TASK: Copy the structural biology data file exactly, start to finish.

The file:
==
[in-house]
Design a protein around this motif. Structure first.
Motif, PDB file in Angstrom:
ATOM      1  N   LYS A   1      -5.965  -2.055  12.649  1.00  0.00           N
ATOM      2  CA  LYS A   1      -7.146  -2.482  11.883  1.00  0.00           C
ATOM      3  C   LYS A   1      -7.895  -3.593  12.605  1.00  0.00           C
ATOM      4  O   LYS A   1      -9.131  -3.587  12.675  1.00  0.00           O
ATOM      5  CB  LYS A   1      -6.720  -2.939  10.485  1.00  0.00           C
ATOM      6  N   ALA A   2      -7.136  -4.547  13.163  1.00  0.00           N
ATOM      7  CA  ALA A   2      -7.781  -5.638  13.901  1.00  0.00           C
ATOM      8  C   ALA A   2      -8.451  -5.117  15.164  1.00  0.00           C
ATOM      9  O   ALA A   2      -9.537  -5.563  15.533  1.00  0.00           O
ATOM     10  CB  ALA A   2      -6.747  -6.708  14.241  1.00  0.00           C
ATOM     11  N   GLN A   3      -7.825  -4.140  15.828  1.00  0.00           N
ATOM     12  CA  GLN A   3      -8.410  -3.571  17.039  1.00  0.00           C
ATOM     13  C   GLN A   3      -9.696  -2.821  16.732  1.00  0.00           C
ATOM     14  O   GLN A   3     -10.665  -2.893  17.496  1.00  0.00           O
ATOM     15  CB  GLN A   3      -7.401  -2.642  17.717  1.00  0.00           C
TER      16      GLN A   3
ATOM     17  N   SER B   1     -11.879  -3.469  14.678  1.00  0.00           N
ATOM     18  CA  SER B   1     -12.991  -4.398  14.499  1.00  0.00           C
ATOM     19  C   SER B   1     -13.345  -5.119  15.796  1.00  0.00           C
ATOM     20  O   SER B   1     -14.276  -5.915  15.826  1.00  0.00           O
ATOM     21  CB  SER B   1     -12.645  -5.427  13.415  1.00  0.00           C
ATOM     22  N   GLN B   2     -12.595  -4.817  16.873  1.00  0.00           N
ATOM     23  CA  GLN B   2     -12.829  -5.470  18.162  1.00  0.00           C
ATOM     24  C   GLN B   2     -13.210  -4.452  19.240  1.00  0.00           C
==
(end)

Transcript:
[in-house]
Design a protein around this motif. Structure first.
Motif, PDB file in Angstrom:
ATOM      1  N   LYS A   1      -5.965  -2.055  12.649  1.00  0.00           N
ATOM      2  CA  LYS A   1      -7.146  -2.482  11.883  1.00  0.00           C
ATOM      3  C   LYS A   1      -7.895  -3.593  12.605  1.00  0.00           C
ATOM      4  O   LYS A   1      -9.131  -3.587  12.675  1.00  0.00           O
ATOM      5  CB  LYS A   1      -6.720  -2.939  10.485  1.00  0.00           C
ATOM      6  N   ALA A   2      -7.136  -4.547  13.163  1.00  0.00           N
ATOM      7  CA  ALA A   2      -7.781  -5.638  13.901  1.00  0.00           C
ATOM      8  C   ALA A   2      -8.451  -5.117  15.164  1.00  0.00           C
ATOM      9  O   ALA A   2      -9.537  -5.563  15.533  1.00  0.00           O
ATOM     10  CB  ALA A   2      -6.747  -6.708  14.241  1.00  0.00           C
ATOM     11  N   GLN A   3      -7.825  -4.140  15.828  1.00  0.00           N
ATOM     12  CA  GLN A   3      -8.410  -3.571  17.039  1.00  0.00           C
ATOM     13  C   GLN A   3      -9.696  -2.821  16.732  1.00  0.00           C
ATOM     14  O   GLN A   3     -10.665  -2.893  17.496  1.00  0.00           O
ATOM     15  CB  GLN A   3      -7.401  -2.642  17.717  1.00  0.00           C
TER      16      GLN A   3
ATOM     17  N   SER B   1     -11.879  -3.469  14.678  1.00  0.00           N
ATOM     18  CA  SER B   1     -12.991  -4.398  14.499  1.00  0.00           C
ATOM     19  C   SER B   1     -13.345  -5.119  15.796  1.00  0.00           C
ATOM     20  O   SER B   1     -14.276  -5.915  15.826  1.00  0.00           O
ATOM     21  CB  SER B   1     -12.645  -5.427  13.415  1.00  0.00           C
ATOM     22  N   GLN B   2     -12.595  -4.817  16.873  1.00  0.00           N
ATOM     23  CA  GLN B   2     -12.829  -5.470  18.162  1.00  0.00           C
ATOM     24  C   GLN B   2     -13.210  -4.452  19.240  1.00  0.00           C